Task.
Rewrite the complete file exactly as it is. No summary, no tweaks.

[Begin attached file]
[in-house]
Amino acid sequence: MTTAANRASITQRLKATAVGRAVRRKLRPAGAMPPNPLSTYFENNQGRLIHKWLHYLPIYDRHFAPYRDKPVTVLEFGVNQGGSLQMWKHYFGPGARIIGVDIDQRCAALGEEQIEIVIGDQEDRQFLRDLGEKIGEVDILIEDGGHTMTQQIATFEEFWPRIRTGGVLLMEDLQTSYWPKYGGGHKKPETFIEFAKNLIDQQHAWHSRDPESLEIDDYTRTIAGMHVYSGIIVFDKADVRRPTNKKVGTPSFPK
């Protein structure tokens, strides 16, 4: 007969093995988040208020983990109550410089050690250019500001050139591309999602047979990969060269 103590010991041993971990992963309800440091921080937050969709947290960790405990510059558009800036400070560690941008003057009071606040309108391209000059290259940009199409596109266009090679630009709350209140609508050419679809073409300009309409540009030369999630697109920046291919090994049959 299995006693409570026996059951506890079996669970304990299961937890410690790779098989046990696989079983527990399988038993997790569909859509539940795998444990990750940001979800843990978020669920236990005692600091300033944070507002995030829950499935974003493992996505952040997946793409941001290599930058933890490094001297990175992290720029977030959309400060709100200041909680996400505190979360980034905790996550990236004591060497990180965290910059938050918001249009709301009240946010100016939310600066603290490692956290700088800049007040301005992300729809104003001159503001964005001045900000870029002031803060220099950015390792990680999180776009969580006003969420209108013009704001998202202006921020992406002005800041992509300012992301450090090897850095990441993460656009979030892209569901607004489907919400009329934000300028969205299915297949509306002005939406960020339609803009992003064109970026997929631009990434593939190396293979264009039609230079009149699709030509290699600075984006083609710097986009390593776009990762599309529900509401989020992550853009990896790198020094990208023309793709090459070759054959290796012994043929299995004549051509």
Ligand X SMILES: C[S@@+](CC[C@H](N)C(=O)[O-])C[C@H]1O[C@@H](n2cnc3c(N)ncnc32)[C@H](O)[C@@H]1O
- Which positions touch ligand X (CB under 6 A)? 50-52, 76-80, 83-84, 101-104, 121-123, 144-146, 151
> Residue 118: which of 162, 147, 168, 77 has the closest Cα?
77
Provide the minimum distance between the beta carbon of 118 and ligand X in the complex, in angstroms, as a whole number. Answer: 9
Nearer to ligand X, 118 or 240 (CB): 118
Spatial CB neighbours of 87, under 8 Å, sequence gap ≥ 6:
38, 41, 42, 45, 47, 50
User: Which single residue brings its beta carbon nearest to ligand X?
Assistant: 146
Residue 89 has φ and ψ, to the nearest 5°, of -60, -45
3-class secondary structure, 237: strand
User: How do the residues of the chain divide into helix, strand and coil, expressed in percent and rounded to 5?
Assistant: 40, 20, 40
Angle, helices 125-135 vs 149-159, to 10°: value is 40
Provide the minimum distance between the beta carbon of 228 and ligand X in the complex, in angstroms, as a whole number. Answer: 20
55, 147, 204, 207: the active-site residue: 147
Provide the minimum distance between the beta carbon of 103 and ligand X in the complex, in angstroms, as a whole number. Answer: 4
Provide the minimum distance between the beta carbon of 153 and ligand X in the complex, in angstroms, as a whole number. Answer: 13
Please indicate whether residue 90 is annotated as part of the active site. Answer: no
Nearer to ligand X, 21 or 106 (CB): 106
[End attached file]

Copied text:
[in-house]
Amino acid sequence: MTTAANRASITQRLKATAVGRAVRRKLRPAGAMPPNPLSTYFENNQGRLIHKWLHYLPIYDRHFAPYRDKPVTVLEFGVNQGGSLQMWKHYFGPGARIIGVDIDQRCAALGEEQIEIVIGDQEDRQFLRDLGEKIGEVDILIEDGGHTMTQQIATFEEFWPRIRTGGVLLMEDLQTSYWPKYGGGHKKPETFIEFAKNLIDQQHAWHSRDPESLEIDDYTRTIAGMHVYSGIIVFDKADVRRPTNKKVGTPSFPK
């Protein structure tokens, strides 16, 4: 007969093995988040208020983990109550410089050690250019500001050139591309999602047979990969060269 103590010991041993971990992963309800440091921080937050969709947290960790405990510059558009800036400070560690941008003057009071606040309108391209000059290259940009199409596109266009090679630009709350209140609508050419679809073409300009309409540009030369999630697109920046291919090994049959 299995006693409570026996059951506890079996669970304990299961937890410690790779098989046990696989079983527990399988038993997790569909859509539940795998444990990750940001979800843990978020669920236990005692600091300033944070507002995030829950499935974003493992996505952040997946793409941001290599930058933890490094001297990175992290720029977030959309400060709100200041909680996400505190979360980034905790996550990236004591060497990180965290910059938050918001249009709301009240946010100016939310600066603290490692956290700088800049007040301005992300729809104003001159503001964005001045900000870029002031803060220099950015390792990680999180776009969580006003969420209108013009704001998202202006921020992406002005800041992509300012992301450090090897850095990441993460656009979030892209569901607004489907919400009329934000300028969205299915297949509306002005939406960020339609803009992003064109970026997929631009990434593939190396293979264009039609230079009149699709030509290699600075984006083609710097986009390593776009990762599309529900509401989020992550853009990896790198020094990208023309793709090459070759054959290796012994043929299995004549051509």
Ligand X SMILES: C[S@@+](CC[C@H](N)C(=O)[O-])C[C@H]1O[C@@H](n2cnc3c(N)ncnc32)[C@H](O)[C@@H]1O
- Which positions touch ligand X (CB under 6 A)? 50-52, 76-80, 83-84, 101-104, 121-123, 144-146, 151
> Residue 118: which of 162, 147, 168, 77 has the closest Cα?
77
Provide the minimum distance between the beta carbon of 118 and ligand X in the complex, in angstroms, as a whole number. Answer: 9
Nearer to ligand X, 118 or 240 (CB): 118
Spatial CB neighbours of 87, under 8 Å, sequence gap ≥ 6:
38, 41, 42, 45, 47, 50
User: Which single residue brings its beta carbon nearest to ligand X?
Assistant: 146
Residue 89 has φ and ψ, to the nearest 5°, of -60, -45
3-class secondary structure, 237: strand
User: How do the residues of the chain divide into helix, strand and coil, expressed in percent and rounded to 5?
Assistant: 40, 20, 40
Angle, helices 125-135 vs 149-159, to 10°: value is 40
Provide the minimum distance between the beta carbon of 228 and ligand X in the complex, in angstroms, as a whole number. Answer: 20
55, 147, 204, 207: the active-site residue: 147
Provide the minimum distance between the beta carbon of 103 and ligand X in the complex, in angstroms, as a whole number. Answer: 4
Provide the minimum distance between the beta carbon of 153 and ligand X in the complex, in angstroms, as a whole number. Answer: 13
Please indicate whether residue 90 is annotated as part of the active site. Answer: no
Nearer to ligand X, 21 or 106 (CB): 106